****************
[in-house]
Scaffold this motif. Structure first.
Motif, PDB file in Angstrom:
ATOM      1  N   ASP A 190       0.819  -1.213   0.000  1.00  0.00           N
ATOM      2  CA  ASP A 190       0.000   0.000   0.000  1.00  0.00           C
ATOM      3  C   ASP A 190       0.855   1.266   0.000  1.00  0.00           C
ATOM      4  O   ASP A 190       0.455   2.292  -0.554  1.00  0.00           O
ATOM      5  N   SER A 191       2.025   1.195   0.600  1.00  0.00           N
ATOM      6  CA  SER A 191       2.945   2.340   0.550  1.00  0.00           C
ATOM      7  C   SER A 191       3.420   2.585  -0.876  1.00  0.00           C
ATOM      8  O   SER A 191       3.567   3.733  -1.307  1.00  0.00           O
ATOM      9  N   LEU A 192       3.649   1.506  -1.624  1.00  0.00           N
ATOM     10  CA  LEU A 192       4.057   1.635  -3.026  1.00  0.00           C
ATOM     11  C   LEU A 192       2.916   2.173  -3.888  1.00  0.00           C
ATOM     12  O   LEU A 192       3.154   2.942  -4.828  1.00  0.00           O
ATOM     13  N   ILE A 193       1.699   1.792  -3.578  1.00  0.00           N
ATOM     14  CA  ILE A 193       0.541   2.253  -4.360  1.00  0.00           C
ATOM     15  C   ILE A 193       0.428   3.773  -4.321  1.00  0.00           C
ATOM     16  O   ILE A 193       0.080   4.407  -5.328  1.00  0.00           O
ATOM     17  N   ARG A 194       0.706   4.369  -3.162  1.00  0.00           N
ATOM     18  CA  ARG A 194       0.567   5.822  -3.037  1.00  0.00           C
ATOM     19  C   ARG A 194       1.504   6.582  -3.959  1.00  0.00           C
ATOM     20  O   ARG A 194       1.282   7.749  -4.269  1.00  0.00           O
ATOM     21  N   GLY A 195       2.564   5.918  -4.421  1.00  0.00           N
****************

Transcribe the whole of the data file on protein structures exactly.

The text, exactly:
[in-house]
Scaffold this motif. Structure first.
Motif, PDB file in Angstrom:
ATOM      1  N   ASP A 190       0.819  -1.213   0.000  1.00  0.00           N
ATOM      2  CA  ASP A 190       0.000   0.000   0.000  1.00  0.00           C
ATOM      3  C   ASP A 190       0.855   1.266   0.000  1.00  0.00           C
ATOM      4  O   ASP A 190       0.455   2.292  -0.554  1.00  0.00           O
ATOM      5  N   SER A 191       2.025   1.195   0.600  1.00  0.00           N
ATOM      6  CA  SER A 191       2.945   2.340   0.550  1.00  0.00           C
ATOM      7  C   SER A 191       3.420   2.585  -0.876  1.00  0.00           C
ATOM      8  O   SER A 191       3.567   3.733  -1.307  1.00  0.00           O
ATOM      9  N   LEU A 192       3.649   1.506  -1.624  1.00  0.00           N
ATOM     10  CA  LEU A 192       4.057   1.635  -3.026  1.00  0.00           C
ATOM     11  C   LEU A 192       2.916   2.173  -3.888  1.00  0.00           C
ATOM     12  O   LEU A 192       3.154   2.942  -4.828  1.00  0.00           O
ATOM     13  N   ILE A 193       1.699   1.792  -3.578  1.00  0.00           N
ATOM     14  CA  ILE A 193       0.541   2.253  -4.360  1.00  0.00           C
ATOM     15  C   ILE A 193       0.428   3.773  -4.321  1.00  0.00           C
ATOM     16  O   ILE A 193       0.080   4.407  -5.328  1.00  0.00           O
ATOM     17  N   ARG A 194       0.706   4.369  -3.162  1.00  0.00           N
ATOM     18  CA  ARG A 194       0.567   5.822  -3.037  1.00  0.00           C
ATOM     19  C   ARG A 194       1.504   6.582  -3.959  1.00  0.00           C
ATOM     20  O   ARG A 194       1.282   7.749  -4.269  1.00  0.00           O
ATOM     21  N   GLY A 195       2.564   5.918  -4.421  1.00  0.00           N